An Open Letter to Jahi McMath’s Family

Image Courtesy of Piyaphon, published on 18 May 2011, from

Image Courtesy of Piyaphon, published on 18 May 2011, from

Jahi McMath underwent surgery at Children’s Hospital Oakland, and suffered catastrophic and fatal complications. This medical tragedy has spawned controversy because Jahi’s family refuses to take her off life support. I decided to write an open letter to her loved ones and to the public about finding the courage to let go, by sharing my own experience. My son was born eight weeks premature due to a placenta abruption and he suffered severe brain damage from lack of oxygen to the brain. He lived for six weeks and I, too, had to make a nightmarish decision to pull the plug.

Dear Loved Ones of Jahi McMath,

As a mother, my heart breaks for you. The national scrutiny you’re experiencing because of a choice to keep your child on life support and the horror of watching her waste away must be almost too much for a soul to bear. I will never understand the extent of your pain, but I can somewhat relate. I had to make a difficult choice to end life support for my newborn son, after I was told he was beyond healing and help. It was and is the most painful and scary thing I had to do – to make a choice to end my son’s life. As painful and as tragic as it was, it was the most loving thing I could do for him.

I know the pain you feel. The nagging envy you feel when other patients make miraculous recoveries in other hospital beds, leaving you and your child behind, prayers unanswered. The rhythmic swoosh of the breathing machines, the comforting beep of the cardiac machines, the panic that sets in when an alarm tolls, and the relief when you realize it is for another patient – I know it all. I know the anger and hatred towards the medical personnel and I know the compassion of other parents in my situation and the tireless nurses who comforts when the doctors leave with their dire prognosis. I know the helplessness of not being able to save my child. I know the guilt – oh, the guilt.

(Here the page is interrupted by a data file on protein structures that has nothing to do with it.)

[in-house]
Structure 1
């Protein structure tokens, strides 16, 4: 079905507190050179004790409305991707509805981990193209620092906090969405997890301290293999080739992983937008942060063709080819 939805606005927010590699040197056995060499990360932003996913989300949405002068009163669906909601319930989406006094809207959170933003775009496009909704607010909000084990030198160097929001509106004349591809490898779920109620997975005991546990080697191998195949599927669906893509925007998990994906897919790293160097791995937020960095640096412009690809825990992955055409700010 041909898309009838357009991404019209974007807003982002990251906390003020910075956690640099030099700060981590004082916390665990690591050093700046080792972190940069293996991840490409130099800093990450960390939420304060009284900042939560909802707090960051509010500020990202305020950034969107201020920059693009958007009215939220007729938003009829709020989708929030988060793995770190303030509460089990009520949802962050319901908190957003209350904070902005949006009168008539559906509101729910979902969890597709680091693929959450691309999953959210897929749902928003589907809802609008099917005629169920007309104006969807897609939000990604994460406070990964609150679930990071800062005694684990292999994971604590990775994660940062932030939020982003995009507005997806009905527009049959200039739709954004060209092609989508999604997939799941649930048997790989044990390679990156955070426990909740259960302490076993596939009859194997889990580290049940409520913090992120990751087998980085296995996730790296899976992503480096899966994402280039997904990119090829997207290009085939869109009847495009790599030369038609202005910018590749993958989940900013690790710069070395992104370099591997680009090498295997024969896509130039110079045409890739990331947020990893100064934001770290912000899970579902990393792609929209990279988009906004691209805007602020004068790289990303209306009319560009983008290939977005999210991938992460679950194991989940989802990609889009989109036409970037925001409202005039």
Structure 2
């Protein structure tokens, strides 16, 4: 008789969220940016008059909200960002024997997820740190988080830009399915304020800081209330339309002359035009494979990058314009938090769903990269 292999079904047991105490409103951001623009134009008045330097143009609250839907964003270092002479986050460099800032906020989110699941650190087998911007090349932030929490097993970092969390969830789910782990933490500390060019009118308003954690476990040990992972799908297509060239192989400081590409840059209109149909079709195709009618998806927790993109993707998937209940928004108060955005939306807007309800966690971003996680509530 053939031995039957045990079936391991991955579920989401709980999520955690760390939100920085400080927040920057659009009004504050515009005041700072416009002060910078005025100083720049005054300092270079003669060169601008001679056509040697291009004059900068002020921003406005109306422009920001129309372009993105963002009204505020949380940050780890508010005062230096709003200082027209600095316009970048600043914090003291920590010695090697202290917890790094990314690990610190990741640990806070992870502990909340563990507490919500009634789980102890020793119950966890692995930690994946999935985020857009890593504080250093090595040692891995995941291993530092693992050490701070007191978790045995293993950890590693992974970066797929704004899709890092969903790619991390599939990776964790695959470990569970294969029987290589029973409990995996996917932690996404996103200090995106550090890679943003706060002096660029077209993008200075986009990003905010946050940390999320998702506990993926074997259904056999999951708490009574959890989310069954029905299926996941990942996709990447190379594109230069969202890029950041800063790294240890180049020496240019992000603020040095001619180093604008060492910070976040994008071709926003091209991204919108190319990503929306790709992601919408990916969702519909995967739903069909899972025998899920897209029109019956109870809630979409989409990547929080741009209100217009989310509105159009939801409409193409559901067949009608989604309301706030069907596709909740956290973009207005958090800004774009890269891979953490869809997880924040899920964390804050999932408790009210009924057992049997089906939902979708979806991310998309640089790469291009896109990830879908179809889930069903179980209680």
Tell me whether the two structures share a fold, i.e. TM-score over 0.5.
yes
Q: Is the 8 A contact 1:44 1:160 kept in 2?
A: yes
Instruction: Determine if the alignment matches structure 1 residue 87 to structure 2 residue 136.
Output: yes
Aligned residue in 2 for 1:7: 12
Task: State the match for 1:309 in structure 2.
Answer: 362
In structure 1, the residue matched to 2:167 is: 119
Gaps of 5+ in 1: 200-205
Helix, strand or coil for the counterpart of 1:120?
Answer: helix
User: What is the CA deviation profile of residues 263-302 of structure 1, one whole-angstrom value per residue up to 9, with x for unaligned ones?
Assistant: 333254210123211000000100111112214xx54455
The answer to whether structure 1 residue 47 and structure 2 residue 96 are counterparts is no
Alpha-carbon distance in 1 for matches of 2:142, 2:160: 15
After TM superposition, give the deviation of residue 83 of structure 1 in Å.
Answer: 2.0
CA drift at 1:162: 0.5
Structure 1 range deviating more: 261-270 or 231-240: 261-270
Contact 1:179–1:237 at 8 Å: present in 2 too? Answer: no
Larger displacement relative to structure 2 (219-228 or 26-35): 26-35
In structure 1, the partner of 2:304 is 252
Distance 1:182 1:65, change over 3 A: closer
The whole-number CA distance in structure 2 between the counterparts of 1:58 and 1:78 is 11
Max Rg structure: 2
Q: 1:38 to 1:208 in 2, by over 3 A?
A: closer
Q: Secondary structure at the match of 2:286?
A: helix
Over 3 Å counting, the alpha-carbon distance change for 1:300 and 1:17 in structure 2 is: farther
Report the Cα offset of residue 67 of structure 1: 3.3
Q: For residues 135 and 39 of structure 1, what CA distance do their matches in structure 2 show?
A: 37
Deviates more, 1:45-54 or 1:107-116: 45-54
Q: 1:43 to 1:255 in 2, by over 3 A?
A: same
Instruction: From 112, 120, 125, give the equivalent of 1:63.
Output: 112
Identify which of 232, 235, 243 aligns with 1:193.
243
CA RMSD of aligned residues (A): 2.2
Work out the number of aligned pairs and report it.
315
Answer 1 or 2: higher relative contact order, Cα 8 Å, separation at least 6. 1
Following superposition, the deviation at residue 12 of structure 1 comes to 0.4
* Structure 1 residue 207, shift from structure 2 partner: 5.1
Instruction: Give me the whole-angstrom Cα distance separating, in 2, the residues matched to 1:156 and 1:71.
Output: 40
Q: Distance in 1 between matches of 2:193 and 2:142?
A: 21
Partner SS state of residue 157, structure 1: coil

I am still haunted by the day when the case manager led me to a small conference room in the hospital near the neonatal intensive care unit. After six weeks, and days and nights practically living in the hospital, I was now going to the bowels of that old building, a corner, I’d never been to before. I’d pace the halls when the doctors had to fix his feeding tubes or asked me to leave while they performed a medical procedure and was too preoccupied to ever notice that small room.

The case manager told me it was okay to cry. Why did I need to cry? I thought that meeting was to discuss ways to keep my son alive, instead, it was a meeting with Kaiser Hospital’s top medical professionals arguing their case as to why my son would not be alive without ventilators and that his organs were starting to shut down. I looked in my ex’s face and could see the specialists had already convinced him. I knew I was the only one that did not know…what everyone else in the room knew – my son was going to die in less than a week from that fateful day. They needed my permission to sign the “Do Not Resuscitate” order. Through sobs, screaming, cursing and backing into the tightest corner of the room, I finally surrendered and signed the order.

My son, Devin Alexander Comer was born April 5, 2000, and was called home on May 18, 2000. He died in my arms at 2 AM, and my ex and I drove home before dawn, once I composed myself enough to drive. The sun’s rays cresting over the Sierras was the only piece of humanity I could hold onto, experiencing this most beautiful scene in the darkest moment of my life.

I never felt more disconnected, yet connected and dependent on the human race until I went through that life changing moment. I was vulnerable, alone, yet surrounded by family, friends and strangers that supported me through it all.

I write to you to say, your baby is here! She’s in the highest spirit form and she’s all among us now, just like my baby. She’s where no pain can grip her. She belongs to God, always have. You were chosen to be her mother while she was on this earth, and you did a fine job – I can tell by the beautiful smiles on all the pictures. By holding on to her physical body, you are not loving the part that is eternal and very real. None of us are in a position to judge you, but I am in a position to say that you will get through this, and one day you will meet your baby again in the spirit world.

I pray for peace and serenity for your family during this most difficult time. I ask all of us to raise your family up in prayer and to remember this physical life is fleeting, but our souls are eternal. 

My deepest condolences,  

Kimberly Jo Cooley